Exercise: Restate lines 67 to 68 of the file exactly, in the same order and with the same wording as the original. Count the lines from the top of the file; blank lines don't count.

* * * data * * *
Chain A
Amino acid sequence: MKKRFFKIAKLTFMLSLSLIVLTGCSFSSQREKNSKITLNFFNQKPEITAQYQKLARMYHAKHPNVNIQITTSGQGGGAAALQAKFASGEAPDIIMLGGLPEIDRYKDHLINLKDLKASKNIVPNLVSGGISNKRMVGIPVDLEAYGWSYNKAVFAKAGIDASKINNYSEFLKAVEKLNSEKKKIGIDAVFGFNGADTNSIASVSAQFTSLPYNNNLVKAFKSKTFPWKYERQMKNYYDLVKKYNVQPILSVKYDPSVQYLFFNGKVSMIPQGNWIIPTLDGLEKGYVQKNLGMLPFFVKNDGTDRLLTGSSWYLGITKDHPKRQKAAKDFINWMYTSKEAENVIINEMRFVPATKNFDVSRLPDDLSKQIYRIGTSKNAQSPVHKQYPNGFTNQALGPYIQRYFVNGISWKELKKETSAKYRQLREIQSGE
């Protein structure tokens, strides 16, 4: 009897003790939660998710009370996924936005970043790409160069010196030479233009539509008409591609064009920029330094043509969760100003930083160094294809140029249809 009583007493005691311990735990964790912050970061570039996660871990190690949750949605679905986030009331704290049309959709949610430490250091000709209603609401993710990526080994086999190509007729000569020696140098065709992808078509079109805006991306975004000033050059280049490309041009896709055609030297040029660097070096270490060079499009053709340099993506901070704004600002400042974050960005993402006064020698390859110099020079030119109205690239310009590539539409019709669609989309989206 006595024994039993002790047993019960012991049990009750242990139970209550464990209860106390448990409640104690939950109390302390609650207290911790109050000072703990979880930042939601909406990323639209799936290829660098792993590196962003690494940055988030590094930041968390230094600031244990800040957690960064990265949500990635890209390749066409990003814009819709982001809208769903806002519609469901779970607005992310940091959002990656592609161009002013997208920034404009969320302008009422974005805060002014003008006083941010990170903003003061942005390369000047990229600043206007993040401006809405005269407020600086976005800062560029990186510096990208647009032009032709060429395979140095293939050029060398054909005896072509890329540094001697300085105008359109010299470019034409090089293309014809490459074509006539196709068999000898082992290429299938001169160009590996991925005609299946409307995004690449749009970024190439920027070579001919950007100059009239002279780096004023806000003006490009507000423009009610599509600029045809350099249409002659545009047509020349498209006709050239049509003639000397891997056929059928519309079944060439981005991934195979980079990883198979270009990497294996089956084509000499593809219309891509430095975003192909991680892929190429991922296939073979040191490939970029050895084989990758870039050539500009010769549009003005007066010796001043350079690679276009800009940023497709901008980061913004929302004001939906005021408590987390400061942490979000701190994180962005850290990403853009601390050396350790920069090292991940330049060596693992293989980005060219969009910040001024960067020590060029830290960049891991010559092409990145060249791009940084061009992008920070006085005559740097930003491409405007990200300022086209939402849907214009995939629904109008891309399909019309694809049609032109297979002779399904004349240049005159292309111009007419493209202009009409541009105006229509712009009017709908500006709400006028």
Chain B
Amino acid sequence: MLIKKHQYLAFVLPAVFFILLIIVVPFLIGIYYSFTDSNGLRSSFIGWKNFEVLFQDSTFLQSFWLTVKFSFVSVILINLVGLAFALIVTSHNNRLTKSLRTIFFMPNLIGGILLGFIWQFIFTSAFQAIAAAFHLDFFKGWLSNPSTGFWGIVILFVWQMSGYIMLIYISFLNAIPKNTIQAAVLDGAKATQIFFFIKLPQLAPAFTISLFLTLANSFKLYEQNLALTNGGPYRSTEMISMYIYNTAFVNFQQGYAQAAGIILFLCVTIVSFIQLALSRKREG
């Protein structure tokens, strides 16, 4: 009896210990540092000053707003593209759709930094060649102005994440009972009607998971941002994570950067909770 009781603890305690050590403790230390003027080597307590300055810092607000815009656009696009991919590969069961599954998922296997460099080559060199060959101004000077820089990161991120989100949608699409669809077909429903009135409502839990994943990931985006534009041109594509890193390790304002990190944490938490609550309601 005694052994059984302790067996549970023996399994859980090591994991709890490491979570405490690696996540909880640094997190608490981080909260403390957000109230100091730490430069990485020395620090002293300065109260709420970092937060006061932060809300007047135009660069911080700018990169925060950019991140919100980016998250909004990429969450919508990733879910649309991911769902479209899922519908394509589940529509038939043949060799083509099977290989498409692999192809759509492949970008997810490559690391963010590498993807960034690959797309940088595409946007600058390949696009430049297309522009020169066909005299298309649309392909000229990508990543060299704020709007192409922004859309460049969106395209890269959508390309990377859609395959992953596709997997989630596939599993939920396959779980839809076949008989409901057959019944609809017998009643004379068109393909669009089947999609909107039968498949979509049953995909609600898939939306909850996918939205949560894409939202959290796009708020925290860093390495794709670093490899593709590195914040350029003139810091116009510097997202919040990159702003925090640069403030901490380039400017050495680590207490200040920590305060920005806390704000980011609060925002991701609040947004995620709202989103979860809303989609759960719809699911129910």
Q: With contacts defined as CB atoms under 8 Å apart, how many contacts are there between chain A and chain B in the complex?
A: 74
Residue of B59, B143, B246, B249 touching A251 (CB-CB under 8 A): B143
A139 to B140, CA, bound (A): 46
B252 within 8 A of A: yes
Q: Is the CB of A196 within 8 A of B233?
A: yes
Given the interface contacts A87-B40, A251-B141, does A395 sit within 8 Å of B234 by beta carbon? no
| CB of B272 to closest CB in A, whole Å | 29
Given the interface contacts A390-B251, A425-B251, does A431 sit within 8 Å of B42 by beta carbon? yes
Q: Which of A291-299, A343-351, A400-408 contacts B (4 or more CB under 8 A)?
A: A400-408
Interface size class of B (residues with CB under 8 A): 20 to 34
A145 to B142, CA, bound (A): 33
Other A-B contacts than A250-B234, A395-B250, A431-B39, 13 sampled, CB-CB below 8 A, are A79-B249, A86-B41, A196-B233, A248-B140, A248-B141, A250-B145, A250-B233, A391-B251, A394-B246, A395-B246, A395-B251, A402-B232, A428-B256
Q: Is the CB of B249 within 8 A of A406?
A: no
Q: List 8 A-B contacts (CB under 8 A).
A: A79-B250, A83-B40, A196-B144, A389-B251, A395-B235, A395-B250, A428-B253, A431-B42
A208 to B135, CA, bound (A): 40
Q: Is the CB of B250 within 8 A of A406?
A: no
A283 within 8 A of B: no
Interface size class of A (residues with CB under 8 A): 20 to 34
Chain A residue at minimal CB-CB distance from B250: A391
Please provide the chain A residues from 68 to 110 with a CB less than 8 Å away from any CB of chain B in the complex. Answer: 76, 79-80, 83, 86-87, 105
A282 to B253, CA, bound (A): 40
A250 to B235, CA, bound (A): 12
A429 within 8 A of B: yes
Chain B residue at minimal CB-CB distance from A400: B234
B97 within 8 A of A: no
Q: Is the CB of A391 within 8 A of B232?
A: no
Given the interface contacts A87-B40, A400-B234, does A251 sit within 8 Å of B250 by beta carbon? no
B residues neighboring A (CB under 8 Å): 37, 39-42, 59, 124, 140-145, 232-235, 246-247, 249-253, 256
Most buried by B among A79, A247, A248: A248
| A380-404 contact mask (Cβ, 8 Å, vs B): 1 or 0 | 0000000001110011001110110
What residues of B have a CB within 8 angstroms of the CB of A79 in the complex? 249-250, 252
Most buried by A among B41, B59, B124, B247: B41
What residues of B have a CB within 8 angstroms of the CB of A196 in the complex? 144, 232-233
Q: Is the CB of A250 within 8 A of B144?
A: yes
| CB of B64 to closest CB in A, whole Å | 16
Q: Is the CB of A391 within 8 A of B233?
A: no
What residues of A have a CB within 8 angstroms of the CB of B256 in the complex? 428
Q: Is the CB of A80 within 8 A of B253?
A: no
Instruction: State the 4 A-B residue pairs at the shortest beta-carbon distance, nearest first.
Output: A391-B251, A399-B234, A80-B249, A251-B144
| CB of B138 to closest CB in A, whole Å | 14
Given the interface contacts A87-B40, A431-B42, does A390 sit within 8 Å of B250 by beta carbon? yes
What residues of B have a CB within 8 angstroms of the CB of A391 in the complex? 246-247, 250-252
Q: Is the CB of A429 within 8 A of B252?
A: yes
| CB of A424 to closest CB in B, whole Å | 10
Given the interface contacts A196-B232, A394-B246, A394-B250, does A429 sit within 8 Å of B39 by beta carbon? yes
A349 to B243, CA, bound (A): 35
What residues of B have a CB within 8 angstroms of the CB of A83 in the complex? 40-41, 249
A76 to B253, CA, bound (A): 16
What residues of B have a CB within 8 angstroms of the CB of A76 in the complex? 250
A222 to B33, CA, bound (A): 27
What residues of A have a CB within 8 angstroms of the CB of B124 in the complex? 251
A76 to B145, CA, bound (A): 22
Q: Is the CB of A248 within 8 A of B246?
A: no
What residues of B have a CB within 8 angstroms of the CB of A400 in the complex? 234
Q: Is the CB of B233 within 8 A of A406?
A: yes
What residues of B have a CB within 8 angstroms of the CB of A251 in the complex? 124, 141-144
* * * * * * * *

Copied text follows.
What residues of B have a CB within 8 angstroms of the CB of A76 in the complex? 250
A222 to B33, CA, bound (A): 27